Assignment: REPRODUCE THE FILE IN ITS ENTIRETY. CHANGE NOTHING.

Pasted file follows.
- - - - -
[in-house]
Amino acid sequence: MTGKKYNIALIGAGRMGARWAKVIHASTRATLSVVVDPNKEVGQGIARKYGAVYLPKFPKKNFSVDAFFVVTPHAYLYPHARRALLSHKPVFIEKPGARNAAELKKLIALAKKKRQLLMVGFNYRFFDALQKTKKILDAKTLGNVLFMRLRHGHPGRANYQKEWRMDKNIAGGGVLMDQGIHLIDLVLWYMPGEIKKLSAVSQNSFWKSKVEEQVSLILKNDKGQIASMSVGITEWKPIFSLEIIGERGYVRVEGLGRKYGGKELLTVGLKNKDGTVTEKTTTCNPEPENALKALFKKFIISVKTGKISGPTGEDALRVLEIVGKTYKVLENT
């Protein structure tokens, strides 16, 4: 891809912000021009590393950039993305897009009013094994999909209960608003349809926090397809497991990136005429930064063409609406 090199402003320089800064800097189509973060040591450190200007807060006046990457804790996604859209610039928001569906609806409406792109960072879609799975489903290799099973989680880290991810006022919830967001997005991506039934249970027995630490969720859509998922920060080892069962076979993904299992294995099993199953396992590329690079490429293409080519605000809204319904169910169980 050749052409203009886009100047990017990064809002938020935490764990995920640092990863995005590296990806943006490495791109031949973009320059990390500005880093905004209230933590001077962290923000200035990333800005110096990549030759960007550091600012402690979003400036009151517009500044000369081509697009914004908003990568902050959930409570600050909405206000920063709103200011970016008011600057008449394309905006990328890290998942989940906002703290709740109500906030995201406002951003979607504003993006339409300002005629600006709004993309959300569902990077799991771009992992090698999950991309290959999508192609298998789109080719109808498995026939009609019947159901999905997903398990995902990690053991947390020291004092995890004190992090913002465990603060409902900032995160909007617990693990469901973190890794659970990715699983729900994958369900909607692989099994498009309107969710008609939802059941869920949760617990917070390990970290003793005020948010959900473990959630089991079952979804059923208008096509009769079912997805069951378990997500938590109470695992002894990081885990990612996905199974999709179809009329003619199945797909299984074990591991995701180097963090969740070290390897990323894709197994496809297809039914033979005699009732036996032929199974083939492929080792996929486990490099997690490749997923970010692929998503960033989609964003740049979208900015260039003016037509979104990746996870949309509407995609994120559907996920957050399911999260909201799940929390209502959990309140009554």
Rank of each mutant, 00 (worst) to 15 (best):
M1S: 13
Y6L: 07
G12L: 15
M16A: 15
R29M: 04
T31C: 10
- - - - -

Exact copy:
[in-house]
Amino acid sequence: MTGKKYNIALIGAGRMGARWAKVIHASTRATLSVVVDPNKEVGQGIARKYGAVYLPKFPKKNFSVDAFFVVTPHAYLYPHARRALLSHKPVFIEKPGARNAAELKKLIALAKKKRQLLMVGFNYRFFDALQKTKKILDAKTLGNVLFMRLRHGHPGRANYQKEWRMDKNIAGGGVLMDQGIHLIDLVLWYMPGEIKKLSAVSQNSFWKSKVEEQVSLILKNDKGQIASMSVGITEWKPIFSLEIIGERGYVRVEGLGRKYGGKELLTVGLKNKDGTVTEKTTTCNPEPENALKALFKKFIISVKTGKISGPTGEDALRVLEIVGKTYKVLENT
């Protein structure tokens, strides 16, 4: 891809912000021009590393950039993305897009009013094994999909209960608003349809926090397809497991990136005429930064063409609406 090199402003320089800064800097189509973060040591450190200007807060006046990457804790996604859209610039928001569906609806409406792109960072879609799975489903290799099973989680880290991810006022919830967001997005991506039934249970027995630490969720859509998922920060080892069962076979993904299992294995099993199953396992590329690079490429293409080519605000809204319904169910169980 050749052409203009886009100047990017990064809002938020935490764990995920640092990863995005590296990806943006490495791109031949973009320059990390500005880093905004209230933590001077962290923000200035990333800005110096990549030759960007550091600012402690979003400036009151517009500044000369081509697009914004908003990568902050959930409570600050909405206000920063709103200011970016008011600057008449394309905006990328890290998942989940906002703290709740109500906030995201406002951003979607504003993006339409300002005629600006709004993309959300569902990077799991771009992992090698999950991309290959999508192609298998789109080719109808498995026939009609019947159901999905997903398990995902990690053991947390020291004092995890004190992090913002465990603060409902900032995160909007617990693990469901973190890794659970990715699983729900994958369900909607692989099994498009309107969710008609939802059941869920949760617990917070390990970290003793005020948010959900473990959630089991079952979804059923208008096509009769079912997805069951378990997500938590109470695992002894990081885990990612996905199974999709179809009329003619199945797909299984074990591991995701180097963090969740070290390897990323894709197994496809297809039914033979005699009732036996032929199974083939492929080792996929486990490099997690490749997923970010692929998503960033989609964003740049979208900015260039003016037509979104990746996870949309509407995609994120559907996920957050399911999260909201799940929390209502959990309140009554």
Rank of each mutant, 00 (worst) to 15 (best):
M1S: 13
Y6L: 07
G12L: 15
M16A: 15
R29M: 04
T31C: 10